For hotel management education, it is a huge challenge to meet with the demand for good faculty, and an even bigger challenge to retain them. Most graduates find a job because the growth of the hotel industry has been pretty consistent. Since many students join the industry these institutes have to depend on the industry people for teaching.

The faculty for hotel management is a different ball game. Here there is no fixed stream of teachers, says CA Sunil G Karve, chairman, Governing Board, Kohinoor Education Trust. “The concept of a ‘teacher’ is not at all developed here.”Kohinoor gets faculty who are actual practitioners of the trade. For instance, the faculty who teaches culinary skills is in real life a chef in a renowned hotel, and the one who teachers how to manage a front desk is a front desk manager.So what is the solution to this problem?

“There is no immediate solution in sight for this,” says Karve. “Tired of late hours and heavy schedules, lot of industry men and women, after long years of service, settle in the teaching profession. I think this is a good trend.”

Dr Gopal stresses on faculty development programs. He says his department allows teachers to do consultancy where 30 percent of the earnings go to the institute, while 70% is kept by the teacher. “But we tell teachers, the consultancies are not at the cost of their teaching responsibilities." Additionally teachers have to regularly make presentations before the peer committee (comprising of fellow faculties) and the presentations are discussed including the communication style. It is necessary for the director or senior faculties to mentor these new faculties.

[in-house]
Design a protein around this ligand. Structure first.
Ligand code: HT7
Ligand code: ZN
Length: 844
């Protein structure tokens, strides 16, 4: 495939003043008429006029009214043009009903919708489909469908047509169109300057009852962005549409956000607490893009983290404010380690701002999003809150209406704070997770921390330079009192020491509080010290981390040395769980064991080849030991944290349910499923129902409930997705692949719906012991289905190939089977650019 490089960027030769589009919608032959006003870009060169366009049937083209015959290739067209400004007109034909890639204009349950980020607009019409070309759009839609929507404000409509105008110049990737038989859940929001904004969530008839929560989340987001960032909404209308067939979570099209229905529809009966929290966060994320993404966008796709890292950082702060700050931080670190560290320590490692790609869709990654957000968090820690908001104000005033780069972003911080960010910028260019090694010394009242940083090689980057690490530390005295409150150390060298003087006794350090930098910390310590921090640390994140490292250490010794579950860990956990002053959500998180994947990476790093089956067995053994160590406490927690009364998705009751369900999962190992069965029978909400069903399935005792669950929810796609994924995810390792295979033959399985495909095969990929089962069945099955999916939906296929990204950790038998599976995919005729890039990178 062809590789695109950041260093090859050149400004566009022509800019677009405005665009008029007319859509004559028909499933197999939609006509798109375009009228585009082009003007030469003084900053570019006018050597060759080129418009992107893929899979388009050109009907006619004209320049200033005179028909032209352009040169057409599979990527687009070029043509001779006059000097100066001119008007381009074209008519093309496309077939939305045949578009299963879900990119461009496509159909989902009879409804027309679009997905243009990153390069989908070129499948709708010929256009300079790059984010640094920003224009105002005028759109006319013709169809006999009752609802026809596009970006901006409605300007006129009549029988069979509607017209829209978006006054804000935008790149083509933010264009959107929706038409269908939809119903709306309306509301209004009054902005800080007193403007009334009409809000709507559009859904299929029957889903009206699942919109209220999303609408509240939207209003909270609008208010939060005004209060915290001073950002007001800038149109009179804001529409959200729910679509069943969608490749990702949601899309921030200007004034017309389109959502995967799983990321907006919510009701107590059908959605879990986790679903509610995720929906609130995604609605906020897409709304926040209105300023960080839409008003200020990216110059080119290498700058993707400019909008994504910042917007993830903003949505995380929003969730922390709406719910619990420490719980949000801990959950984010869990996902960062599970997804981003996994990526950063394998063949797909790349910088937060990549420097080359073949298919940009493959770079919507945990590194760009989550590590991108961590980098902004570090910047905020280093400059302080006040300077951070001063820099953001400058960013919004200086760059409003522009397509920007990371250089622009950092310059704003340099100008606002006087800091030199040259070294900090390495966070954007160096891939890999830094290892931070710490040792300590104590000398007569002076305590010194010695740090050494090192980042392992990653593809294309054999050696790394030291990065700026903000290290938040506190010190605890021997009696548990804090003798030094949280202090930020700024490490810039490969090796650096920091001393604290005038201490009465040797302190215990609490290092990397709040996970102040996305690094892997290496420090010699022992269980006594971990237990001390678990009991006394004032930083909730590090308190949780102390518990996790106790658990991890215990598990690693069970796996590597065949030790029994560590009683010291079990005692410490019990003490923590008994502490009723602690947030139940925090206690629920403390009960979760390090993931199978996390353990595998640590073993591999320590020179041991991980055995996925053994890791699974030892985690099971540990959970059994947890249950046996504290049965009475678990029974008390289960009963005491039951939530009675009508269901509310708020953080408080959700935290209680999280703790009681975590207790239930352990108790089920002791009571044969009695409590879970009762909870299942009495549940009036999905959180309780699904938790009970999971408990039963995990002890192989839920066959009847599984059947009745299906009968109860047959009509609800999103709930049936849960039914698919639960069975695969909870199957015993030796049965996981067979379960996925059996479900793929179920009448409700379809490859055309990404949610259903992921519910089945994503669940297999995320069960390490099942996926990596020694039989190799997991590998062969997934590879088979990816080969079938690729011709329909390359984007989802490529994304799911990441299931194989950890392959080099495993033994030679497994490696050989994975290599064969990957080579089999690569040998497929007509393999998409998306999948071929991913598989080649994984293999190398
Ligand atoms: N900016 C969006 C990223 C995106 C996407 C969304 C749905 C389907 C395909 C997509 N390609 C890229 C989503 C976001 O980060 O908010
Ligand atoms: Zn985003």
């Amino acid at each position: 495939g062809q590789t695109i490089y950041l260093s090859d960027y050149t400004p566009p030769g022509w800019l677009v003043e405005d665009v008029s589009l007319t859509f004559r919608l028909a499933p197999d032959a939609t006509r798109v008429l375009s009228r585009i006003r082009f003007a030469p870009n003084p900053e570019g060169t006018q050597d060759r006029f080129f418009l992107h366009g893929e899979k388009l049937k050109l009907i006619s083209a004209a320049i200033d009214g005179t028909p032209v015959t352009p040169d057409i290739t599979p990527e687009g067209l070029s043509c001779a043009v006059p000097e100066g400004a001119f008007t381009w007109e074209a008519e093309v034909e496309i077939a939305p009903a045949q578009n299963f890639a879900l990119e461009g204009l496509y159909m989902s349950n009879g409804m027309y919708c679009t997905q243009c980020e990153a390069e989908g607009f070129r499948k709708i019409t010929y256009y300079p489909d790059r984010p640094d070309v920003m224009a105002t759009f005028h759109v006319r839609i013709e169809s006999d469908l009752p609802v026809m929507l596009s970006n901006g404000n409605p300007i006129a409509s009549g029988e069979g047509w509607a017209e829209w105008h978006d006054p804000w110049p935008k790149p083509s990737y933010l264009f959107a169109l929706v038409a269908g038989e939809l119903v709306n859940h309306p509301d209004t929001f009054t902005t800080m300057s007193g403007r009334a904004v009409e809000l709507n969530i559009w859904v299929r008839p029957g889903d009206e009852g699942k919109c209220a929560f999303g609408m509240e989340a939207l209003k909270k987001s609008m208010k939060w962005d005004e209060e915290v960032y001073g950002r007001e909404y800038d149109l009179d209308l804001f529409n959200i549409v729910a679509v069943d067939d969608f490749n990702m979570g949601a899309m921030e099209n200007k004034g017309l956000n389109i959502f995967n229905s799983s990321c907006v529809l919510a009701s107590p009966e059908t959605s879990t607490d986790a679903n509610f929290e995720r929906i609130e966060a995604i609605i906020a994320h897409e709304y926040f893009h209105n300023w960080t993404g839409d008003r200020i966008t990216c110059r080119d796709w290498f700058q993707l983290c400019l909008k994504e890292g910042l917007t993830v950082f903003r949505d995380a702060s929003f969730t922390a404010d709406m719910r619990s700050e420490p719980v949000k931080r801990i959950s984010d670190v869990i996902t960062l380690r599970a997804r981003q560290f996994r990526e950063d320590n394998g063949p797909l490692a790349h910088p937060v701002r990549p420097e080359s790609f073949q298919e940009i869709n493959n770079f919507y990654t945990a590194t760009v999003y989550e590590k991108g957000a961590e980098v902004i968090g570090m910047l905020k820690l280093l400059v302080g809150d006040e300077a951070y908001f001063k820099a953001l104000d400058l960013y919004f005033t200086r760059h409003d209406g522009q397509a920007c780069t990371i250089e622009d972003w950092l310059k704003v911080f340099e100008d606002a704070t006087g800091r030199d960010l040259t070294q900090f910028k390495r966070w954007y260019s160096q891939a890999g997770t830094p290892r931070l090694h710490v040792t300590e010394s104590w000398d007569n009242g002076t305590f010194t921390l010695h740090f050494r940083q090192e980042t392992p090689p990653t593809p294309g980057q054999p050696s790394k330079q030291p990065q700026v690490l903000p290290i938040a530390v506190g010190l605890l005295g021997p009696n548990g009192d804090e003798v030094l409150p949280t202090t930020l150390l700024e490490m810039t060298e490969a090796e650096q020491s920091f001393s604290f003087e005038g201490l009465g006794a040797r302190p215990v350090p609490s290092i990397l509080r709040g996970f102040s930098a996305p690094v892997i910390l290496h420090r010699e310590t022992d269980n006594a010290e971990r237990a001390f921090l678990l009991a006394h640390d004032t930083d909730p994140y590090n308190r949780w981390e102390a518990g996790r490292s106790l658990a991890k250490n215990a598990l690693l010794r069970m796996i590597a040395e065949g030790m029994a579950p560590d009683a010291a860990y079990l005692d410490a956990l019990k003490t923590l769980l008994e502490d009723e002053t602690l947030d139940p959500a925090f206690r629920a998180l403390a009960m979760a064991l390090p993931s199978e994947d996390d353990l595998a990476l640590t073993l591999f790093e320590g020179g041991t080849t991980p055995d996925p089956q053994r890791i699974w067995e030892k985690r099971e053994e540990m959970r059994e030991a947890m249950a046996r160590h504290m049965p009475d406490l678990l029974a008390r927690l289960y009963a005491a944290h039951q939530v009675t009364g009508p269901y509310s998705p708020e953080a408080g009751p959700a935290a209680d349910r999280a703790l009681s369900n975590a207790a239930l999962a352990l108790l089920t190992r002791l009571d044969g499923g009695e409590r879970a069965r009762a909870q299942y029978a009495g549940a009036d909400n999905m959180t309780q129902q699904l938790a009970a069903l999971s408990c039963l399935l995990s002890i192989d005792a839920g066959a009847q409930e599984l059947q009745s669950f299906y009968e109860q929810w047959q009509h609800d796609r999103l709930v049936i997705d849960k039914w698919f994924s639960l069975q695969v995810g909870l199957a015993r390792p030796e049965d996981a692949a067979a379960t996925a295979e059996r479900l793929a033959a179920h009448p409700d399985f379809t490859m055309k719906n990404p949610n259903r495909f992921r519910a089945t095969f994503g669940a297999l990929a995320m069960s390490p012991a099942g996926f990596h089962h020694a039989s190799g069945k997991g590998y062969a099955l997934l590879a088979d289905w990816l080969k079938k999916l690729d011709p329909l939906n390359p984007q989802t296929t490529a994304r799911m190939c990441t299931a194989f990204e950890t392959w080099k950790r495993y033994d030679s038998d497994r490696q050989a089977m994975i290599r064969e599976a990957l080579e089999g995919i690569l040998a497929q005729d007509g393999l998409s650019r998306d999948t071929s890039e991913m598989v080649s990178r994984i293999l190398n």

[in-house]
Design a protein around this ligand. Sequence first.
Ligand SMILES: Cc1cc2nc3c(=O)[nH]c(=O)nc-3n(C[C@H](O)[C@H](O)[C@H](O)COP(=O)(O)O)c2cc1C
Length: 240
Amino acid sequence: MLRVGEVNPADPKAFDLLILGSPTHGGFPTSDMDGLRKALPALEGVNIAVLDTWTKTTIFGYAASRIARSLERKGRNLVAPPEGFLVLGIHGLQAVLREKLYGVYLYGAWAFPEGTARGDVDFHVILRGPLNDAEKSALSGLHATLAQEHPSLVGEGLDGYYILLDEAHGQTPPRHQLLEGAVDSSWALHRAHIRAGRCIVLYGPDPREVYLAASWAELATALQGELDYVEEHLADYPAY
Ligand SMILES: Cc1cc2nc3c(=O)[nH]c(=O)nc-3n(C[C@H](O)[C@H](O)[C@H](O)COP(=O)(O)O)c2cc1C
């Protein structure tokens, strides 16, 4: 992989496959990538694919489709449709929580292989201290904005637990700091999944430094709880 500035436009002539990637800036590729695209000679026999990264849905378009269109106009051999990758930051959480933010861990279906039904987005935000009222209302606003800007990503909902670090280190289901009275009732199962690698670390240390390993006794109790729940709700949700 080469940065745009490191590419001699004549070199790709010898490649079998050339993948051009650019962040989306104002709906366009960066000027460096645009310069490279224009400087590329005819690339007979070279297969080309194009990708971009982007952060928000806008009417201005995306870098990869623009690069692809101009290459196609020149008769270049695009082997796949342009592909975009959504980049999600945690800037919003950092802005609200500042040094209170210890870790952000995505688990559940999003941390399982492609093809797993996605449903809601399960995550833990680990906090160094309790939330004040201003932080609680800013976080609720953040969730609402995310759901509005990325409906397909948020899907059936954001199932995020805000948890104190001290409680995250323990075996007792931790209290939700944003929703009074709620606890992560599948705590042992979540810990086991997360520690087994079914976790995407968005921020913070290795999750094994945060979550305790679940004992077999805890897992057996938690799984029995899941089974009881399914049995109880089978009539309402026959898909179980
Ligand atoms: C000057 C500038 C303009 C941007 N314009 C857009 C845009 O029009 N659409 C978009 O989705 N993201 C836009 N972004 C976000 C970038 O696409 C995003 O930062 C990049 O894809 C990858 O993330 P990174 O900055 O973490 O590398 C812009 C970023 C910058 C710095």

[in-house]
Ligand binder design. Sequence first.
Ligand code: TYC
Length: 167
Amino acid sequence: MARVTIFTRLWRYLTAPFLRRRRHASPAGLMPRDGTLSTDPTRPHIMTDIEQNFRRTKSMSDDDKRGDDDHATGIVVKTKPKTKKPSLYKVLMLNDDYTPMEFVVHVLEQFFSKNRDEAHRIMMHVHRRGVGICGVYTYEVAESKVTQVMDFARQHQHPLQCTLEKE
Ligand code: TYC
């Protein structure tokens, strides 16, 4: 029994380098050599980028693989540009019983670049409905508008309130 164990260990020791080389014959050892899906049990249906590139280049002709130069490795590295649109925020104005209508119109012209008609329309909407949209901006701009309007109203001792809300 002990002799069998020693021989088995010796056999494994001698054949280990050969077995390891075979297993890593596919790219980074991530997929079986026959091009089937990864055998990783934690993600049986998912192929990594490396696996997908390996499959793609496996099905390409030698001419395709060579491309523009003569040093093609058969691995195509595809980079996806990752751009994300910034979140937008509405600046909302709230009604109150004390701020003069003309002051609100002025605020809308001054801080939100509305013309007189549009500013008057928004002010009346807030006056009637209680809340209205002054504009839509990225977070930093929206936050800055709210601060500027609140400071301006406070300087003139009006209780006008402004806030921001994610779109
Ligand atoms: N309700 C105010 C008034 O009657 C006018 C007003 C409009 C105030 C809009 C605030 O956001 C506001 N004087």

AICTE has implemented several steps to improve the faculty numbers and quality, says Mantha. First and foremost is the e-governance effort to bring transparency, accountability and flexibility, integrating the entire eco system. This has increased the credibility of the system and improved brand value. This has attracted several new faculties to the system thus improving the deliverables and outcomes in the teaching learning process. Various initiatives with CII to promote industry interaction, mandatory internships and setting up of research parks has also helped in improving faculty quality.

In order to improve the faculty crunch AICTE has created among other things, promotional schemes on creation of research facilities for PG education, given prominence to e-subscription at library and digital library facilities, and allowed starting of PG courses in 2nd shift to help teachers to take up PG education while keeping their jobs.

Mishra, however, has a practical solution. That you are a university topper doesn’t mean that you are a good teacher, he says. “Teaching is a skill and any dedicated average graduate may be a better teacher. Hence, there is no reason why colleges should not employ willing average graduates," Mishra signs off.